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(An excerpt from an English book's audio script) Situation: You and other students will meet a director of a play.

"We're going to meet a director. She'll describe the whole process of producing a play, including how she chose the actor."

Why is it that "chose" was selected as the grammatical verb here instead of "chooses" (present simple=fact), which I believe is the one that should be used instead.

  • Your "Let's say" suggests that this is a hypothetical, but "Why is ity that 'chose' was chosen" suggests that this is something which was actually said. Which is it? – Colin Fine Jun 16 '19 at 21:53
  • Thx for the correction, I thought this won't be spotted. I'm editing it now. – John Arvin Jun 16 '19 at 22:25
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Either is fine. It depends on the exact circumstances.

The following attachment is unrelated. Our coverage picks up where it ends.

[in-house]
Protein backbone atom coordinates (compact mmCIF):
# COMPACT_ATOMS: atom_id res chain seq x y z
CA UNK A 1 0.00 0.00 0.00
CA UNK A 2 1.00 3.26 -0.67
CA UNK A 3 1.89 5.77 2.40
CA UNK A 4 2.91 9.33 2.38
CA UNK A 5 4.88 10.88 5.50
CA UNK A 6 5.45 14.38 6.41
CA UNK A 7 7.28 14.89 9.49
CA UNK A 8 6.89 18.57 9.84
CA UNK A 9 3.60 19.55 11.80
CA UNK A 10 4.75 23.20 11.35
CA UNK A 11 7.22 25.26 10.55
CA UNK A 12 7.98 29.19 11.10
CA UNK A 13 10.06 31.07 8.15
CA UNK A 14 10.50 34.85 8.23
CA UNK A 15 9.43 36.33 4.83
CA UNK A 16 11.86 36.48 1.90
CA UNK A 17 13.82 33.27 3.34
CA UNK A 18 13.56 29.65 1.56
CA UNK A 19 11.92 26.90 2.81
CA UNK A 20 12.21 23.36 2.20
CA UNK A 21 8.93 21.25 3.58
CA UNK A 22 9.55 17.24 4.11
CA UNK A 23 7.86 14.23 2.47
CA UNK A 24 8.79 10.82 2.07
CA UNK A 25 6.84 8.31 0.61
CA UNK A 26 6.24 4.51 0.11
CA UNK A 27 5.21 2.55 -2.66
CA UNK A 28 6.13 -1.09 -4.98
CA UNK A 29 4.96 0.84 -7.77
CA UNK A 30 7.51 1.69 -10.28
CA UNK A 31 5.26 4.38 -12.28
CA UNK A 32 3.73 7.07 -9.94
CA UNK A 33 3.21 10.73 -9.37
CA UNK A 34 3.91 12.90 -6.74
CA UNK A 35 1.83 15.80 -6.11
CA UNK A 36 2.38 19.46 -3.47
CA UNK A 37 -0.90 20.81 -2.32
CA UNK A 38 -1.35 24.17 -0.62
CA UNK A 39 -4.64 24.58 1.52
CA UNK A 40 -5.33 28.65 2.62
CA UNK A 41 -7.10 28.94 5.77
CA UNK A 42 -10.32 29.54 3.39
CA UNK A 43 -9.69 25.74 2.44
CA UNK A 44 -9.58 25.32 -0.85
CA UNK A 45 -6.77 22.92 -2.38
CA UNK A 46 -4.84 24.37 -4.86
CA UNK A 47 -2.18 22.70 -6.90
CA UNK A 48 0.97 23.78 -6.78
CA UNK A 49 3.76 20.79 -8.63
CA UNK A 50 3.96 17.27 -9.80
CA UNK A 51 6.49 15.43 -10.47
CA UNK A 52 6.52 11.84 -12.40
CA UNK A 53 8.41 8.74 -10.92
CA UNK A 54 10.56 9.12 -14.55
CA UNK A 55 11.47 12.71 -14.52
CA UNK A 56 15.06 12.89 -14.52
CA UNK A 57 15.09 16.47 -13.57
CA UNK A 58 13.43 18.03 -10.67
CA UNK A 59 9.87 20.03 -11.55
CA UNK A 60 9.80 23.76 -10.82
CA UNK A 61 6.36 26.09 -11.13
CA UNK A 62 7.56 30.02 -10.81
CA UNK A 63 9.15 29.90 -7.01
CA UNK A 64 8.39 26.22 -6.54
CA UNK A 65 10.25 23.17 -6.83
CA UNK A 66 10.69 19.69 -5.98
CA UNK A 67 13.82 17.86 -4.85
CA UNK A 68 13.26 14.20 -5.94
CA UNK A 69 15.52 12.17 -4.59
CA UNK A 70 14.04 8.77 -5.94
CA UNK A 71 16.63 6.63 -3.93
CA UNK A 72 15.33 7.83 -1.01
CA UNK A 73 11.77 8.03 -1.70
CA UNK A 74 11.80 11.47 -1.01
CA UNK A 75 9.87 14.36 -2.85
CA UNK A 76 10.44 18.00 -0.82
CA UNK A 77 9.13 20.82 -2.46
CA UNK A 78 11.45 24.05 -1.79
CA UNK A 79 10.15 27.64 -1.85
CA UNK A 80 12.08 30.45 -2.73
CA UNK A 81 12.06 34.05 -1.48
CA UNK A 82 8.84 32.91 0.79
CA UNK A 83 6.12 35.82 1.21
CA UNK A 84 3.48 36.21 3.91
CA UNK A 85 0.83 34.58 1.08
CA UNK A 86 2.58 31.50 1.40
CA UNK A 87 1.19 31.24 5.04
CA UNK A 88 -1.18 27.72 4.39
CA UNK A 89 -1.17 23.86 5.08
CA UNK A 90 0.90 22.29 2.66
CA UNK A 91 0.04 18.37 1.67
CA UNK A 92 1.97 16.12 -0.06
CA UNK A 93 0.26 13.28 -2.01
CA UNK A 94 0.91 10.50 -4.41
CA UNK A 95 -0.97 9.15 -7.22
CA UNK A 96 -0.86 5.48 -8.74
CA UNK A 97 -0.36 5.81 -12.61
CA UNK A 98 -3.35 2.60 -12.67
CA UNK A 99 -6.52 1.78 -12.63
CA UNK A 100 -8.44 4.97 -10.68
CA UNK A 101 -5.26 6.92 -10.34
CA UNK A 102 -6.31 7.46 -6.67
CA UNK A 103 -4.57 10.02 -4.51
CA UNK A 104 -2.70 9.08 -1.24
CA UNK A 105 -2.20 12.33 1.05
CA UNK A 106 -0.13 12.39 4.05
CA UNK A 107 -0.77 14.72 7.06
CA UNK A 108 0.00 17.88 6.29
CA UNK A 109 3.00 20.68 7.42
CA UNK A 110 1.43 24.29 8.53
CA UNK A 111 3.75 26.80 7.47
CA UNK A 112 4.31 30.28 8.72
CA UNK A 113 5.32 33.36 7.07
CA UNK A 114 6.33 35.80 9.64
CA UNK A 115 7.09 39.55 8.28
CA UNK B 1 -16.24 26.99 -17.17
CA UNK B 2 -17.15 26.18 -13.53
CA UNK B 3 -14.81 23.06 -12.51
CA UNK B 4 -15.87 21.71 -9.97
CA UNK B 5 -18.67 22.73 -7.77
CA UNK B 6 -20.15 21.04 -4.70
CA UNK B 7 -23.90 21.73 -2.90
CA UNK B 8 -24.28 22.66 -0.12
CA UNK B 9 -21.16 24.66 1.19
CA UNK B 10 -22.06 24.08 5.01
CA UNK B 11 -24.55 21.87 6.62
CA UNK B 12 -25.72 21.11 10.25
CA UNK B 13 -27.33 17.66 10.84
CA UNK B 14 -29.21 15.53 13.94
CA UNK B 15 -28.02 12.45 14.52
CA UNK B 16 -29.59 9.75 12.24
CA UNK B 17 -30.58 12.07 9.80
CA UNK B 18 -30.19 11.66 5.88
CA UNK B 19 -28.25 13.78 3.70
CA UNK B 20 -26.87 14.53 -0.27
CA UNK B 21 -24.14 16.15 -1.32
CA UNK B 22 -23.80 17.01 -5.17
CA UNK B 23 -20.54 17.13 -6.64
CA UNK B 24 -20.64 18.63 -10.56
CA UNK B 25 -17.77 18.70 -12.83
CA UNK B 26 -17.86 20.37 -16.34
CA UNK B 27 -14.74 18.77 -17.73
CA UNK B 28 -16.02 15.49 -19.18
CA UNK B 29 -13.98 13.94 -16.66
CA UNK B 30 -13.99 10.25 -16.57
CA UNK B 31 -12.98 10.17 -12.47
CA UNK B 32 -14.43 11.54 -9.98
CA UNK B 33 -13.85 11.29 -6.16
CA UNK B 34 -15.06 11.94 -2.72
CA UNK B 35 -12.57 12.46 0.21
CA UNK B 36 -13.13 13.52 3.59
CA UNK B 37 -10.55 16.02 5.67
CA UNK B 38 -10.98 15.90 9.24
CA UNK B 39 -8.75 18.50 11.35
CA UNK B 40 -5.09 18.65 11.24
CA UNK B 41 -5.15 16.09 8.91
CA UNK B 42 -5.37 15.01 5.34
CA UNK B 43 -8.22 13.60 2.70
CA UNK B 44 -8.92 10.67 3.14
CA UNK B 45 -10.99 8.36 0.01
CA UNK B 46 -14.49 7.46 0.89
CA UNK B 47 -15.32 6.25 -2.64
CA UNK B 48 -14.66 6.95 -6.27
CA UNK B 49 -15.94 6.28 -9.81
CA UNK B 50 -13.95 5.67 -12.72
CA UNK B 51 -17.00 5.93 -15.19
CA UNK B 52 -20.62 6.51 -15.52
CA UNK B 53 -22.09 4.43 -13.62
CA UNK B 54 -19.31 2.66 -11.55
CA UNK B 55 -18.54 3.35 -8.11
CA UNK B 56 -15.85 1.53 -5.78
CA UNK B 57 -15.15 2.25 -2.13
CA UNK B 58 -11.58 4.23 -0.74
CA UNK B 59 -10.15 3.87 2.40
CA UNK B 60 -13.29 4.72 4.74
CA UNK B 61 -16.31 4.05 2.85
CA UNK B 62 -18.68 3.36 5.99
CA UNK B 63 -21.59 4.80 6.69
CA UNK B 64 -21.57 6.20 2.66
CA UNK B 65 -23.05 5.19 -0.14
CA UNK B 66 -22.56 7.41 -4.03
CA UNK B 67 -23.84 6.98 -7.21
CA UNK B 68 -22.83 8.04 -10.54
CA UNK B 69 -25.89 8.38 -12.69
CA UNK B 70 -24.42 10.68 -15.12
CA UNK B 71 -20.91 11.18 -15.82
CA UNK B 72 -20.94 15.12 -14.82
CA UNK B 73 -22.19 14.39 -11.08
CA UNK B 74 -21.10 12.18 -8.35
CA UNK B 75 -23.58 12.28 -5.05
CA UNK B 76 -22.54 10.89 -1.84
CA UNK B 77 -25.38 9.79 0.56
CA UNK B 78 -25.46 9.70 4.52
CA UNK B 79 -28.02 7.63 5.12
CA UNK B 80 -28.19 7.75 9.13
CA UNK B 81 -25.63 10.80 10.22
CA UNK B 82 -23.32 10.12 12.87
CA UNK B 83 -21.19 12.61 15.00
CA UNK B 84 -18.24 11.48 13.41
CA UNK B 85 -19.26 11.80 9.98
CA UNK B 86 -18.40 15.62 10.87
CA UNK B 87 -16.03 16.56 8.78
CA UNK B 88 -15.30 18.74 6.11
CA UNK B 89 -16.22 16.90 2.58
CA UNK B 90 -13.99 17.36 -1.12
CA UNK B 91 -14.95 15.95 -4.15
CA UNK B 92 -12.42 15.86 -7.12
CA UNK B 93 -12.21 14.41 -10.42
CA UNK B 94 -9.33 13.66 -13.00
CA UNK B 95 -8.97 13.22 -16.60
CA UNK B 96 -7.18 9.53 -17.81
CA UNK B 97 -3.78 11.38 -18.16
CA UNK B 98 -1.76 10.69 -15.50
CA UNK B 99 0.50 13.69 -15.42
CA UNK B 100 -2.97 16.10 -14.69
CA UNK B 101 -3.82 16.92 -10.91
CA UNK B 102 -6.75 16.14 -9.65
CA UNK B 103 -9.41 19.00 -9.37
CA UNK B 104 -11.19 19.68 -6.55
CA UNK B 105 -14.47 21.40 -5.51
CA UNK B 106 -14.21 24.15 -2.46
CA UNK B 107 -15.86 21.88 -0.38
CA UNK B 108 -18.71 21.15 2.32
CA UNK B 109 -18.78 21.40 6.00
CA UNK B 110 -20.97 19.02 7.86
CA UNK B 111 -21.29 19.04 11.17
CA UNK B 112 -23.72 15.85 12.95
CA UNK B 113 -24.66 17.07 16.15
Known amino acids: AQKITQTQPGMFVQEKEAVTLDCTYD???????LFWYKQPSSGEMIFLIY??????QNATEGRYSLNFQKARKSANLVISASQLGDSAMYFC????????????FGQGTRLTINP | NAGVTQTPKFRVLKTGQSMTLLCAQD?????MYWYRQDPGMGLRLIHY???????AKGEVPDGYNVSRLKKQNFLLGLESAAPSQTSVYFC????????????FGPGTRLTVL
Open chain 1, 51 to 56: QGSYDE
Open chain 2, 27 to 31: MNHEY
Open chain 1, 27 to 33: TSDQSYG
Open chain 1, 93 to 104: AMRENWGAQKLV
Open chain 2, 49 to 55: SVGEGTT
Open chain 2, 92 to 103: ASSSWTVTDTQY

As your example is written, using "chose" (past tense), this is the implied sequence of events:

  1. You (the audience) are going to meet a director
  2. This director is going to describe how to produce a play, using, as a model, a play she already produced.
  3. As part of this description, the director will include how she chose the actor for this play.

Using "chooses" (present tense), the sequence is slightly different:

  1. You (the audience) are going to meet a director
  2. This director is going to describe how to produce a play, using, as a model, a hypothetical future production.
  3. As part of this description, the director will include how she chooses an actor for this play.

Admittedly, it's a bit tricky to spot the difference in nuance implied by the verb shift, but this is to be expected when learning a language at a more advanced level.

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We're going to meet a director. She'll describe the whole process of producing a play, including how she chose the actor.

I believe whoever wrote this either made a mistake or it could also mean that the director is going to talk about a specific play and how she chose the actor, assuming for this play the actor was already chosen in the past.

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